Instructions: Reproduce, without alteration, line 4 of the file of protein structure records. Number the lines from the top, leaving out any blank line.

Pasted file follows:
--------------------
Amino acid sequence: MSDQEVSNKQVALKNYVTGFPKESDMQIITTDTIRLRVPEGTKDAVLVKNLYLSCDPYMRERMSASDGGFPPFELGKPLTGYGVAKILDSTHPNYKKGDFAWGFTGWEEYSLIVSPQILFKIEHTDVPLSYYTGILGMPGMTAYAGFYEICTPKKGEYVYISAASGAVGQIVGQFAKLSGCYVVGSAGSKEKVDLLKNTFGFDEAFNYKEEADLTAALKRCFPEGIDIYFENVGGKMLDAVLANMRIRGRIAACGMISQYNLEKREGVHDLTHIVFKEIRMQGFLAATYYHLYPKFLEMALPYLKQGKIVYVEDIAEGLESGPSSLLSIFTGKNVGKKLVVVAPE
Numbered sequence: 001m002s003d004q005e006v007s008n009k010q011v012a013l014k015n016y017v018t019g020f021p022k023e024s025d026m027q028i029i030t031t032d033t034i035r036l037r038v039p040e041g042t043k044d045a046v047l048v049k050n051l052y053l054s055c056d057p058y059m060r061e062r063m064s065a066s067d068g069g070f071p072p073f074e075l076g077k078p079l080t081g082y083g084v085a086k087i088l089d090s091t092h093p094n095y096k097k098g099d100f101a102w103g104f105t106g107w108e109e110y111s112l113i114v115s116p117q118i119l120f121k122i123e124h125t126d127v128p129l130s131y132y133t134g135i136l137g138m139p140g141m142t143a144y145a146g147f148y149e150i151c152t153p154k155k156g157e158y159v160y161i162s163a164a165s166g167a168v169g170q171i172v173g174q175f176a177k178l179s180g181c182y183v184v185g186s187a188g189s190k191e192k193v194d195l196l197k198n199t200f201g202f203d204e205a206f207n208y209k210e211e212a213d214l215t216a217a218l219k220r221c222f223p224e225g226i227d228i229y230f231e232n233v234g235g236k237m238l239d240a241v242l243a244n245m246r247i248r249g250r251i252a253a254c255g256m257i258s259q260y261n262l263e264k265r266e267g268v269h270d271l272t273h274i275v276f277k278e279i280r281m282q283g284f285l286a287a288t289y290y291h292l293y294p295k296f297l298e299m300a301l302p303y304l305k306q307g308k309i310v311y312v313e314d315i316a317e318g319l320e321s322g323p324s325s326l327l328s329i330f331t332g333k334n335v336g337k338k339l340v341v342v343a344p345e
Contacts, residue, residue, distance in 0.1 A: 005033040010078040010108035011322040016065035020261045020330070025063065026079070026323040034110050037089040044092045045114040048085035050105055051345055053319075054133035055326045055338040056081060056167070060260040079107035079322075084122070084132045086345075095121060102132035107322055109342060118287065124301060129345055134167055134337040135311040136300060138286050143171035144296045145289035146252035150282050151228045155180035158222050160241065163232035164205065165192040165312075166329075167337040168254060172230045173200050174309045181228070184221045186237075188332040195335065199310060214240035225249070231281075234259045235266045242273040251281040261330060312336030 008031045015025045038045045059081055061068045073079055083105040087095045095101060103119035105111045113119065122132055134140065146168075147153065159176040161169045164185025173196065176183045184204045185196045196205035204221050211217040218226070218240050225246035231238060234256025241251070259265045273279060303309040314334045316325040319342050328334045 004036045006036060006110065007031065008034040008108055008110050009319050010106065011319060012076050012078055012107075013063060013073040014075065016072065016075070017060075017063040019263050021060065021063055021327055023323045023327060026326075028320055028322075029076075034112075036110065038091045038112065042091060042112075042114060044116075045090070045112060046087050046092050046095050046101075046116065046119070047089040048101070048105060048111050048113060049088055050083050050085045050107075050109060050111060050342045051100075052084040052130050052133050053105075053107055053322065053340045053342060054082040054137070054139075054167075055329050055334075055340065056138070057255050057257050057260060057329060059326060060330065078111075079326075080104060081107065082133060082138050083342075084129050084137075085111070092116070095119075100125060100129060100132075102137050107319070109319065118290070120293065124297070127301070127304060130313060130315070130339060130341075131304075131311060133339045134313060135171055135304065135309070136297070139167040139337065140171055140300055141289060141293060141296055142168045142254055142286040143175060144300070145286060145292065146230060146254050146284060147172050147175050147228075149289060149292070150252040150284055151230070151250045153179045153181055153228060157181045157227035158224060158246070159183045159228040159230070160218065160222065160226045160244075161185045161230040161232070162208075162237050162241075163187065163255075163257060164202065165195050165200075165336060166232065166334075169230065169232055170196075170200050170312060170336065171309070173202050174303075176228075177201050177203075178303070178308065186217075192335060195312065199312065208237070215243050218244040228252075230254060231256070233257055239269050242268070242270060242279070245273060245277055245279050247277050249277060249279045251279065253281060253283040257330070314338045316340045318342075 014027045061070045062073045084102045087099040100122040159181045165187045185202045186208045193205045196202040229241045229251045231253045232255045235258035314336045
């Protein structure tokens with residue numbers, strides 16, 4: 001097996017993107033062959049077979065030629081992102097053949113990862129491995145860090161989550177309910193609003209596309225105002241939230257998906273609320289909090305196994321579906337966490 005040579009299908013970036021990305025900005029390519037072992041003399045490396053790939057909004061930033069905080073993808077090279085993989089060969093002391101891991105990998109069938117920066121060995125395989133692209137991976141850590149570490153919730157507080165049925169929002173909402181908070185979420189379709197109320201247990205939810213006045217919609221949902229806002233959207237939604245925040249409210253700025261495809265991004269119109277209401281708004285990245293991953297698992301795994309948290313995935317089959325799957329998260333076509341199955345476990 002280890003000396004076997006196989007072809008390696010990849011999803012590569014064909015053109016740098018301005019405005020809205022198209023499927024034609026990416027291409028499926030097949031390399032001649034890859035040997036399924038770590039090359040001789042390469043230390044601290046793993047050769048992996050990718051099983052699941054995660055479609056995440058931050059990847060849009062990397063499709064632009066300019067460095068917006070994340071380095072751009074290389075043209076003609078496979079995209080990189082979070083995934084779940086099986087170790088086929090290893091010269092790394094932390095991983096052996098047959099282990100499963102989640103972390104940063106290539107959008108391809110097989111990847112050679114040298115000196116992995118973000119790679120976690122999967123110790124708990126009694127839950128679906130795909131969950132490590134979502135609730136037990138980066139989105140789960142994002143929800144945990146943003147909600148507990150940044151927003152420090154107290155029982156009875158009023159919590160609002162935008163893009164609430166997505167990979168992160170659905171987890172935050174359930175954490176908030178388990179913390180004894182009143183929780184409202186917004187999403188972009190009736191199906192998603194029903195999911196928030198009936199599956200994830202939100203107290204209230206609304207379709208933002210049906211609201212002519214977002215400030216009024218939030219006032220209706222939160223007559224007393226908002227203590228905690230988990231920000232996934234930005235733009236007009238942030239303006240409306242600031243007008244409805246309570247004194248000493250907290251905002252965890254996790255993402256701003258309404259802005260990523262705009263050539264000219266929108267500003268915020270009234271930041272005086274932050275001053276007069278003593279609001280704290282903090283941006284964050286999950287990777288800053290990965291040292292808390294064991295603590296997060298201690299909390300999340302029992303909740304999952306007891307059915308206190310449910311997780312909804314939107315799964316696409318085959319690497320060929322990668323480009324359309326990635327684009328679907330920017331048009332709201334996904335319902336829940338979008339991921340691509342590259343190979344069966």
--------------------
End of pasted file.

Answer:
């Protein structure tokens with residue numbers, strides 16, 4: 001097996017993107033062959049077979065030629081992102097053949113990862129491995145860090161989550177309910193609003209596309225105002241939230257998906273609320289909090305196994321579906337966490 005040579009299908013970036021990305025900005029390519037072992041003399045490396053790939057909004061930033069905080073993808077090279085993989089060969093002391101891991105990998109069938117920066121060995125395989133692209137991976141850590149570490153919730157507080165049925169929002173909402181908070185979420189379709197109320201247990205939810213006045217919609221949902229806002233959207237939604245925040249409210253700025261495809265991004269119109277209401281708004285990245293991953297698992301795994309948290313995935317089959325799957329998260333076509341199955345476990 002280890003000396004076997006196989007072809008390696010990849011999803012590569014064909015053109016740098018301005019405005020809205022198209023499927024034609026990416027291409028499926030097949031390399032001649034890859035040997036399924038770590039090359040001789042390469043230390044601290046793993047050769048992996050990718051099983052699941054995660055479609056995440058931050059990847060849009062990397063499709064632009066300019067460095068917006070994340071380095072751009074290389075043209076003609078496979079995209080990189082979070083995934084779940086099986087170790088086929090290893091010269092790394094932390095991983096052996098047959099282990100499963102989640103972390104940063106290539107959008108391809110097989111990847112050679114040298115000196116992995118973000119790679120976690122999967123110790124708990126009694127839950128679906130795909131969950132490590134979502135609730136037990138980066139989105140789960142994002143929800144945990146943003147909600148507990150940044151927003152420090154107290155029982156009875158009023159919590160609002162935008163893009164609430166997505167990979168992160170659905171987890172935050174359930175954490176908030178388990179913390180004894182009143183929780184409202186917004187999403188972009190009736191199906192998603194029903195999911196928030198009936199599956200994830202939100203107290204209230206609304207379709208933002210049906211609201212002519214977002215400030216009024218939030219006032220209706222939160223007559224007393226908002227203590228905690230988990231920000232996934234930005235733009236007009238942030239303006240409306242600031243007008244409805246309570247004194248000493250907290251905002252965890254996790255993402256701003258309404259802005260990523262705009263050539264000219266929108267500003268915020270009234271930041272005086274932050275001053276007069278003593279609001280704290282903090283941006284964050286999950287990777288800053290990965291040292292808390294064991295603590296997060298201690299909390300999340302029992303909740304999952306007891307059915308206190310449910311997780312909804314939107315799964316696409318085959319690497320060929322990668323480009324359309326990635327684009328679907330920017331048009332709201334996904335319902336829940338979008339991921340691509342590259343190979344069966």